Sunday 16 April 2017

The Truth About Uni | Finance

This is the third instalment of a collaboration with other student bloggers. This week is all about finance at university.

Being a third year at university I have honestly been through the whole finance drama.

Firstly, before you even start university there are a few financial questions:

1. How much will my loan be?
2. Can I live off of it comfortably?
3. When do I have to pay my deposit?

To answer question one, you can get a rough estimate from the Student Finance Calculator, all you need are some basic details such as how much your tuition fees are, family income (prepare for your parents to not want to tell you this information even though you need to know it to fill out the actual finance forms), when you're starting and if you are going to university in or outside of London and any disabilities or extra help you might need.

This is a rough guide of how much you might get for that year, and keep in mind you get three payments throughout the year. We were on low income so a lot of my maintenance loan turned into a grant (grants mean you don't have to pay it back - yipee!) and I also qualified for an extra bursary each term (more free money).

For those of you starting this year, it's all unfortunately been turned into loans [insert sad face emoji].

Here is an example of the finance calculator:

You shouldn't be terrified of finance, there's lots of help around and especially at your university to guide you through the process.

The second question depends on how much you get, you will need to budget and work out how much rent you need to pay each term, if there's anything you'll need to pay for as part of your course, and a rough food budget. Notice I haven't included booze in this! First and foremost you need a roof over your head and food! There are lots of stories of students getting their first instalment of their loan and spending it all on the first Fresher's night - please do not do this. Unless you have rich parents to fall back on that is not advisable!

In my first year I didn't go out drinking much, partly because my housemates weren't party animals and I was quite happy binging Netflix and making Angel Delight. I also kept to roughly £20 per week on food as I shopped at ASDA and would raid the reduced sections as I memorised their reducing times!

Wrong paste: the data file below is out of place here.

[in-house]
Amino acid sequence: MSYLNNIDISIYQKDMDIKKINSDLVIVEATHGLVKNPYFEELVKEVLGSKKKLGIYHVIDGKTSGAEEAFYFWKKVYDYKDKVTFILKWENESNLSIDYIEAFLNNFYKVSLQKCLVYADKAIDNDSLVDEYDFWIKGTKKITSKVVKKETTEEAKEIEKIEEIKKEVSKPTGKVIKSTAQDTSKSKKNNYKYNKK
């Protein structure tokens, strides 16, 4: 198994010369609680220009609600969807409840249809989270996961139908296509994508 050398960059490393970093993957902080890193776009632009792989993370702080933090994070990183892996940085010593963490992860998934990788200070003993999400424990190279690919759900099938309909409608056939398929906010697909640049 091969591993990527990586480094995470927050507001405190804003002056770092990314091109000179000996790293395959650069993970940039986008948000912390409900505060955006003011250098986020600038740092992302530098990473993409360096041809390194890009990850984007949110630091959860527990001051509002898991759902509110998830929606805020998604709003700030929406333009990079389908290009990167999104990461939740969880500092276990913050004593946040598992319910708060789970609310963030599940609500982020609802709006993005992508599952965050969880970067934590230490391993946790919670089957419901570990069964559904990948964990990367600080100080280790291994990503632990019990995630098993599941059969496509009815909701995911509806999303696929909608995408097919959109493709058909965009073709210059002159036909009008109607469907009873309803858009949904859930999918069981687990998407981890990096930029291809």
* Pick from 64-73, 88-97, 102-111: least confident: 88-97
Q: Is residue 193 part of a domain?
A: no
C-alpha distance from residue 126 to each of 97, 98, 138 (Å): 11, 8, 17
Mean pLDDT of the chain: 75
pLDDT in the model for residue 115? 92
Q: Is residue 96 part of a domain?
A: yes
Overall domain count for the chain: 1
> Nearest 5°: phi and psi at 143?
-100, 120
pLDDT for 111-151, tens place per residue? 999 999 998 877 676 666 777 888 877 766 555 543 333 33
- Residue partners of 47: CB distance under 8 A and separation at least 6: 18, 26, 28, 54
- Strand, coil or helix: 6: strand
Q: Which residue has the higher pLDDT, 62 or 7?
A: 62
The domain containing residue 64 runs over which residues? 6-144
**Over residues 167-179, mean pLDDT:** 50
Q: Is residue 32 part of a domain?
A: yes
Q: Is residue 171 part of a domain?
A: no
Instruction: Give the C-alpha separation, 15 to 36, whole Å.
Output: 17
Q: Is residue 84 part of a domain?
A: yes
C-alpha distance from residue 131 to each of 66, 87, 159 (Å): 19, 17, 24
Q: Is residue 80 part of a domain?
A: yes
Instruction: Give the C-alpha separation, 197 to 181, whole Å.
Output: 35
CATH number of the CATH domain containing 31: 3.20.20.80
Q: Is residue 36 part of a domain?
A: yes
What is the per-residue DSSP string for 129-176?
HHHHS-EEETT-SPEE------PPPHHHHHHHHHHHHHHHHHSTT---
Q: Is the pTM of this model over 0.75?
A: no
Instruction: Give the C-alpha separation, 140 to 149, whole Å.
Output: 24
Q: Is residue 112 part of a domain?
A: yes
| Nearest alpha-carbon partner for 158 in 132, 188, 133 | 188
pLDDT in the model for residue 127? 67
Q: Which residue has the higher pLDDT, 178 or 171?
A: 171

If you keep to a strict budget you will be perfectly fine! I also kept my job so I had some extra income for when that loan starts to disappear, I would definitely recommend looking for a part time job even if it's just one day a week. It'll put some extra money in your pocket and also show's people you were prepared to work through university and not just party all the time.

My third point is very important, I didn't actually realise I had to pay a deposit before my loan came in. This is so that landlords can have security that they will have tenants for that year and usually they aren't refundable. I was completely broke before going to university, it was a very recent thing where I went shopping a bit too much and had to ask friends for money as I was ashamed of nearly having noughts appear in my account.

Luckily my parents saw I was hiding something and helped me cover my deposit and I paid them back with my loan. If you can save up now for your deposit I would advise it as you don't want to get into a bad habit of borrowing money (cough that's me cough cough).

As I mentioned earlier, in my first year I did ok I didn't have a lot of savings (I paid for a holiday, an iPad and lots of clothes that I never wore or didn't fit me), but then I kept getting into a bad habit of having to borrow money to see through the months. I also tried leaving my job for other jobs and it didn't work out and I ended up getting taxed a fair amount for having two jobs, and at one point they thought I had four?!

I made the mistake of getting an overdraft in my second year, as everyone had one and I thought it'd be a nice safety net and I wouldn't have to borrow from my parents anymore. I started off with just £500 as I could easily pay that back with wages. However, I could increase my overdraft online. Bad mistake. This then lead onto making an appointment at the bank to ask for an even bigger overdraft, and by this point I was in too deep.

If you saw my post earlier this year Why I'm On A Spending Ban you'll have noticed it's taken me awhile to get my finances under wraps. If you can avoid overdrafts I'd advise that! I didn't really need one and I abused it a bit too much.

I've got my last loan this month and it's terrifying. I have no savings and I still need to clear some debt and pay for driving. So you can guess where it's all going to go...

My one last piece of advice to you, whether you're about to become a university student or are a first or second year, is to save or spend your money wisely. If you need a phone, laptop, camera, decent clothes that are durable and can justify it then go ahead. But these loans won't last forever, trust me! These three years go by really fast!

Sorry for a very wordy post, but I hope it's helpful and can give you some insight!

Please check out these lovely ladies posts!

Jasmine from Thoughts From Jasmine (she brought us all together)

Jen from Velvet Spring

Becky from The Owlet

Annaleid from Actually Anna

Sophie from The Glamour Reel

Katherine from Millennial Rants

Tori from Legally Brunette


  1. omg I'm so glad it's not just me who overspent and went a bit crazy with the overdraft, I'm finally almost out of it now and it's been a tough time of saving money, I never want an overdraft again haha!

    Hayley x

    1. Omg yes it's been so hard! I've definitely been put of them for life! I can't believe how casual I was with being that far in debt!

      So glad you are out now xx


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